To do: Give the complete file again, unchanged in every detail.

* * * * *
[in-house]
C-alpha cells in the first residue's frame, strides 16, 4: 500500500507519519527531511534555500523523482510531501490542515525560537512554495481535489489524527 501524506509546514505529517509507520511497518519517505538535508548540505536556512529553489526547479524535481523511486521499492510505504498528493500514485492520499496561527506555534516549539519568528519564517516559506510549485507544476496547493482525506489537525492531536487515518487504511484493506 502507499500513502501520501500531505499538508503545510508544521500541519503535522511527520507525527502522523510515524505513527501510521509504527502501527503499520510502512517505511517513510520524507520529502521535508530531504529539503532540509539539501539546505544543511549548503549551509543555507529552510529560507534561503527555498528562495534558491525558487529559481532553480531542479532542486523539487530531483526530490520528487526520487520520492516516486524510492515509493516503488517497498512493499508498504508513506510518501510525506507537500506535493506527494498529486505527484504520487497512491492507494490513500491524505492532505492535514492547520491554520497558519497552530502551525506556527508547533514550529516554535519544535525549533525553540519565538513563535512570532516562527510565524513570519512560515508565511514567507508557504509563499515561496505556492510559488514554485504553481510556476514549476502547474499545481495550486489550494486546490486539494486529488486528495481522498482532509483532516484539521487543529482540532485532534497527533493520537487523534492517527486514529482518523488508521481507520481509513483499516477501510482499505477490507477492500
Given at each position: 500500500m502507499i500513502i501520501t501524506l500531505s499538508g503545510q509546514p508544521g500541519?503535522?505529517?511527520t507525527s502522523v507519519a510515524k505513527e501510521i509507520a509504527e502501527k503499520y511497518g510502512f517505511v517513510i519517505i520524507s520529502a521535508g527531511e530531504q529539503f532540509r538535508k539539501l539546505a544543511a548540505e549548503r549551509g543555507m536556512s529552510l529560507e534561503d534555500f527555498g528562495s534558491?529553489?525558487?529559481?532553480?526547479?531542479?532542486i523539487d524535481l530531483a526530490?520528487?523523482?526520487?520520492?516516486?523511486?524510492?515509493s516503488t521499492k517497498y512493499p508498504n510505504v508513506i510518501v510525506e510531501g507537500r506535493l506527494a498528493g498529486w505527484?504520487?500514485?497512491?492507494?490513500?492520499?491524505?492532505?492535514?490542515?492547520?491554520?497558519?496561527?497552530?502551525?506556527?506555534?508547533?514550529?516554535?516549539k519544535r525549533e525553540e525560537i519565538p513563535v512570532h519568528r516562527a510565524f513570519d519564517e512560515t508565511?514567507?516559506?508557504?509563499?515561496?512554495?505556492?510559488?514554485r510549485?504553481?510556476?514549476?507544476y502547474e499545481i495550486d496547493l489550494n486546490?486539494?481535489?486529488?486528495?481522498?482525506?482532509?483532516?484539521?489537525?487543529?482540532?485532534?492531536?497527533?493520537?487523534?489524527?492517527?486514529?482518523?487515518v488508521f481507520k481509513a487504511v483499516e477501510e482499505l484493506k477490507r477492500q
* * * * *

[in-house]
C-alpha cells in the first residue's frame, strides 16, 4: 500500500507519519527531511534555500523523482510531501490542515525560537512554495481535489489524527 501524506509546514505529517509507520511497518519517505538535508548540505536556512529553489526547479524535481523511486521499492510505504498528493500514485492520499496561527506555534516549539519568528519564517516559506510549485507544476496547493482525506489537525492531536487515518487504511484493506 502507499500513502501520501500531505499538508503545510508544521500541519503535522511527520507525527502522523510515524505513527501510521509504527502501527503499520510502512517505511517513510520524507520529502521535508530531504529539503532540509539539501539546505544543511549548503549551509543555507529552510529560507534561503527555498528562495534558491525558487529559481532553480531542479532542486523539487530531483526530490520528487526520487520520492516516486524510492515509493516503488517497498512493499508498504508513506510518501510525506507537500506535493506527494498529486505527484504520487497512491492507494490513500491524505492532505492535514492547520491554520497558519497552530502551525506556527508547533514550529516554535519544535525549533525553540519565538513563535512570532516562527510565524513570519512560515508565511514567507508557504509563499515561496505556492510559488514554485504553481510556476514549476502547474499545481495550486489550494486546490486539494486529488486528495481522498482532509483532516484539521487543529482540532485532534497527533493520537487523534492517527486514529482518523488508521481507520481509513483499516477501510482499505477490507477492500
Given at each position: 500500500m502507499i500513502i501520501t501524506l500531505s499538508g503545510q509546514p508544521g500541519?503535522?505529517?511527520t507525527s502522523v507519519a510515524k505513527e501510521i509507520a509504527e502501527k503499520y511497518g510502512f517505511v517513510i519517505i520524507s520529502a521535508g527531511e530531504q529539503f532540509r538535508k539539501l539546505a544543511a548540505e549548503r549551509g543555507m536556512s529552510l529560507e534561503d534555500f527555498g528562495s534558491?529553489?525558487?529559481?532553480?526547479?531542479?532542486i523539487d524535481l530531483a526530490?520528487?523523482?526520487?520520492?516516486?523511486?524510492?515509493s516503488t521499492k517497498y512493499p508498504n510505504v508513506i510518501v510525506e510531501g507537500r506535493l506527494a498528493g498529486w505527484?504520487?500514485?497512491?492507494?490513500?492520499?491524505?492532505?492535514?490542515?492547520?491554520?497558519?496561527?497552530?502551525?506556527?506555534?508547533?514550529?516554535?516549539k519544535r525549533e525553540e525560537i519565538p513563535v512570532h519568528r516562527a510565524f513570519d519564517e512560515t508565511?514567507?516559506?508557504?509563499?515561496?512554495?505556492?510559488?514554485r510549485?504553481?510556476?514549476?507544476y502547474e499545481i495550486d496547493l489550494n486546490?486539494?481535489?486529488?486528495?481522498?482525506?482532509?483532516?484539521?489537525?487543529?482540532?485532534?492531536?497527533?493520537?487523534?489524527?492517527?486514529?482518523?487515518v488508521f481507520k481509513a487504511v483499516e477501510e482499505l484493506k477490507r477492500q